As a deeply divided America struggles to compromise its way out of the terrible question of slave or free and to avoid civil war, waves of immigrants provide vital labor for New York City's thriving commercial life while unsettling its ruling class. Suddenly Catholics and Jews are no longer tiny minorities, and establishment Protestants must confront fiery Evangelicals who scorn their lack of commitment to biblical truths and bring revival meetings to Broadway. In Beverly Swerling's City of God the raging currents caused by such upheaval make it possible for a man of prominence -- Samuel Devrey -- to be married to both an uptown American wife and a downtown Chinese tai-tai, yet manage to keep his two worlds secret from one another. That is, at least until both women prove themselves unwilling to be mere chattel, and a distant cousin -- Dr. Nicholas Turner -- arrives to head Bellevue hospital and unveils the corruption and betrayal that exist in private and public spheres.
1. In the introductory "How it Happened" section, Swerling offers a brief historical overview of the European origins of Evangelicalism, its confrontation with the anti-religious "rationalist" arguments supported by the Enlightenment, and the way in which the Evangelical movement took root in post-Revolutionary America. Did you find this overview helpful to understanding and enjoying the novel or merely a distraction? What do you think of the notion that religion is essentially a matter of personal interpretation? Do you find any merit in the idea of religious leaders, such as bishops and even a pope, acting as upholders and interpreters of doctrine?
2. The story highlights the stirrings of American feminism in the 1800s. Were you surprised to find it so prominent so early? Do you think those first Catholic nuns in New York would have been seen as representing women who believed themselves entitled to more independence? If so, how does that square with their vows of poverty, chastity, and obedience? Compare the story's heroines -- Carolina, Mei-Hua, Manon, and Bella -- and discuss the different ways in which each can be seen as a woman of strength. To which heroic character did you most relate and why? What of the female villains in the story -- Lilac, Jenny, and Addie -- did you understand them and their choices? Did any one of the characters who represent women raised in earlier traditions -- Ah Chee, Lucy, and Celinda -- engage your sympathies? Why?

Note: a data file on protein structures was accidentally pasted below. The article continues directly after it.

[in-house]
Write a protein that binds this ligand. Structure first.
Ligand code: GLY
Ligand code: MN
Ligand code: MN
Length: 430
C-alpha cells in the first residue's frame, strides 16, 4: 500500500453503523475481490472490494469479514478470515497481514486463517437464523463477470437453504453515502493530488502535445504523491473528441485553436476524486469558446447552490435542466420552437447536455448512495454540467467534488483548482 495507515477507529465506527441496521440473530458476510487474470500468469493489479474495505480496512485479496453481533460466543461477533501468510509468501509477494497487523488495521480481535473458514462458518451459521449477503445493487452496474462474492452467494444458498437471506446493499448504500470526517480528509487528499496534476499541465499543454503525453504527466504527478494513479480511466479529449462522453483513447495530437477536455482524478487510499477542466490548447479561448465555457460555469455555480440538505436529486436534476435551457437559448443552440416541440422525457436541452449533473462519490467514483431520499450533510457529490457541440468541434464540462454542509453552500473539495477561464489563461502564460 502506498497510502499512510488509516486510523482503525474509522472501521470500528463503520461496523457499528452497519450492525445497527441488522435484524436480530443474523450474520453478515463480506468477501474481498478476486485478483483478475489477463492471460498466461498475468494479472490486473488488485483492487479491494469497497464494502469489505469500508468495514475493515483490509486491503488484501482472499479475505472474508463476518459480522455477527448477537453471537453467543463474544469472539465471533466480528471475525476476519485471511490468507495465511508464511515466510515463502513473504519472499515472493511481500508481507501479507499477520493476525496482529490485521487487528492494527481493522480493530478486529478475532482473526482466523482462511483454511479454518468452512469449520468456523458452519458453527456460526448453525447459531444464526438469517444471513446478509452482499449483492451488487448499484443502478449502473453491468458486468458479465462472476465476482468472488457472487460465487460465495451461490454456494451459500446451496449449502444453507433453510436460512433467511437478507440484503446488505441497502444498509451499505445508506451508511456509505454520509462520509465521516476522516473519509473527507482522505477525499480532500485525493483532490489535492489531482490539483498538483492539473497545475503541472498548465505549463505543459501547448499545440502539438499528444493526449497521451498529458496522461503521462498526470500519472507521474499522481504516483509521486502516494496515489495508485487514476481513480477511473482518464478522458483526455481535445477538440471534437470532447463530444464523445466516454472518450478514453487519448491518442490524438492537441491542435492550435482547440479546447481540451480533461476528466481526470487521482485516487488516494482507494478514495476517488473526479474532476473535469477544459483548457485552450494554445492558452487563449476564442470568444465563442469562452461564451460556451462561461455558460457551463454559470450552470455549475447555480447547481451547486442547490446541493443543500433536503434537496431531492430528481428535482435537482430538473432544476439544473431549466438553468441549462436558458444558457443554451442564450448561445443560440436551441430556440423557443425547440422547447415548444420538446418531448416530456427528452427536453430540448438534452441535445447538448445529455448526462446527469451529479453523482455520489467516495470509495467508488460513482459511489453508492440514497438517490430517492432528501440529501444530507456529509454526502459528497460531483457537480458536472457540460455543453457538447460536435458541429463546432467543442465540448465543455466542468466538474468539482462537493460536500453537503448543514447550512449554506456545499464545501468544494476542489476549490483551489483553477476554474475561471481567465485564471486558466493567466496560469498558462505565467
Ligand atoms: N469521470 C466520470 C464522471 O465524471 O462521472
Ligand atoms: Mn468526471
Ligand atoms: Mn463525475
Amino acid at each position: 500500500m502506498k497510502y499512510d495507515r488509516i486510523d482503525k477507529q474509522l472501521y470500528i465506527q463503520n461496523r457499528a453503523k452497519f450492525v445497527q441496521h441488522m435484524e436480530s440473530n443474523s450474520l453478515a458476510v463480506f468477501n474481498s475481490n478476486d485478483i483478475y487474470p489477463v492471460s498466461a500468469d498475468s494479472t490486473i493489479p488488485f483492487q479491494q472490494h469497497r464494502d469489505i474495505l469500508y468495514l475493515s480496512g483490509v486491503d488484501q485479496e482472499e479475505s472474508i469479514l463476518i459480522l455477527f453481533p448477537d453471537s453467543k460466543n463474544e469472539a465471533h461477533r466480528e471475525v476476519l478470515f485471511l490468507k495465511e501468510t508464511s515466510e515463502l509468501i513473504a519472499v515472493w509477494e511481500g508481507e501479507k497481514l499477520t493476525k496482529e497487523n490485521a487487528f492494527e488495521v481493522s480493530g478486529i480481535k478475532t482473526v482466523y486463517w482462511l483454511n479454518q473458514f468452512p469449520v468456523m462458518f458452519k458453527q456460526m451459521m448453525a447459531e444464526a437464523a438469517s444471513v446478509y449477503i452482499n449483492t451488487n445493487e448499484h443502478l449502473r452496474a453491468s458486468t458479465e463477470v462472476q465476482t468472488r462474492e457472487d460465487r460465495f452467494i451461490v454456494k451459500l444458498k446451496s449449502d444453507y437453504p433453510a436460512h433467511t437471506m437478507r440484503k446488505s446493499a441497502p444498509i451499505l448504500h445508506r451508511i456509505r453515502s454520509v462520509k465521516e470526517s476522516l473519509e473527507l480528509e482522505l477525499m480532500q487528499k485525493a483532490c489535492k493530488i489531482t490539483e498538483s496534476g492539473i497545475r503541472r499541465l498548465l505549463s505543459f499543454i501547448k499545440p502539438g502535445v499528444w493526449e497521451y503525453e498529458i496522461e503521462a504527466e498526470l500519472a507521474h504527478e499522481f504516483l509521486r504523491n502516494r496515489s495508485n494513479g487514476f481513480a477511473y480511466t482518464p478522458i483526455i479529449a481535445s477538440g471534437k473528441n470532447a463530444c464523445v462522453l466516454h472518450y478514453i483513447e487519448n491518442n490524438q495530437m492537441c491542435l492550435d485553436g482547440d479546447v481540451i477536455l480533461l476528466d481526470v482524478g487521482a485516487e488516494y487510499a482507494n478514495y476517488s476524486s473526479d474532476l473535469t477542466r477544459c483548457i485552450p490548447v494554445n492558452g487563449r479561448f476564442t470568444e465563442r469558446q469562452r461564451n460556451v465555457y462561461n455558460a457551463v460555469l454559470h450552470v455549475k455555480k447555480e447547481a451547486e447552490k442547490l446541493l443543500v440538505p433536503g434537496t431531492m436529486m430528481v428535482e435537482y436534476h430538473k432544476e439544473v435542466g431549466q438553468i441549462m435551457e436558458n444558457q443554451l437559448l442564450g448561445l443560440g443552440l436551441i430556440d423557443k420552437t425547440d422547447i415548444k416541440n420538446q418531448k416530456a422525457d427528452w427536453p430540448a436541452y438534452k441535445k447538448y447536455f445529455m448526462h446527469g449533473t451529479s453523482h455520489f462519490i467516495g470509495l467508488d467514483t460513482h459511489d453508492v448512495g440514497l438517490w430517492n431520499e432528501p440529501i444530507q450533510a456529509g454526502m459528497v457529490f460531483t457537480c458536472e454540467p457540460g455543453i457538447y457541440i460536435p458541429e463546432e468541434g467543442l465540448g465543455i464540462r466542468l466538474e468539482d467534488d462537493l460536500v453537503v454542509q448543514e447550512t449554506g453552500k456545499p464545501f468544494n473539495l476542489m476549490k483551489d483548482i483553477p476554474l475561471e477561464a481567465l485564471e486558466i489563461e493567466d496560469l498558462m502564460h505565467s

3. The first time we meet Dr. Nicholas Turner, he is in a hospital tent in Gettysburg right after the battle, and we learn that he treats wounded Confederate and Union soldiers with no regard to their allegiances. Did you find his altruism appealing or annoying? Given Swerling's reputation for historical accuracy, were you surprised to learn of the role of Walt Whitman? What does a novel like this gain from putting Whitman in those first few pages, though he has no other part in the story? Swerling says such devices are part of the bridge she uses to lead the reader comfortably back to the past. Do you find it helpful to have real characters play cameo roles in historical fiction? Nick Turner, on the other hand, is entirely fictional and a major character in the book. Did meeting him in this role in the prologue enrich the story for you? Did what you know about him from the prologue inform your understanding of how he deals with Dr. Grant, Samuel, Carolina, and Mei-hua? Would you rather have had the book open at chapter one and skip the prologue?
4. Why do you think Samuel insisted on watching Mei-hua's feet being bound? If it was an exercise in power, was the Chinese river pirate Di Short Neck correct in his belief that Samuel would not want to witness the child's arch being broken with a heavy stone? What is the connection between power and love in Samuel's life? Between power and pain? Does the fact that his father was always known as Bastard Devrey play a part in the man Samuel became, or was it simply that he was forced to spend so many formative years in China? What about Samuel's development in the story? Did he turn out the way you expected him to? Were you satisfied by how his life ended, or saddened by it?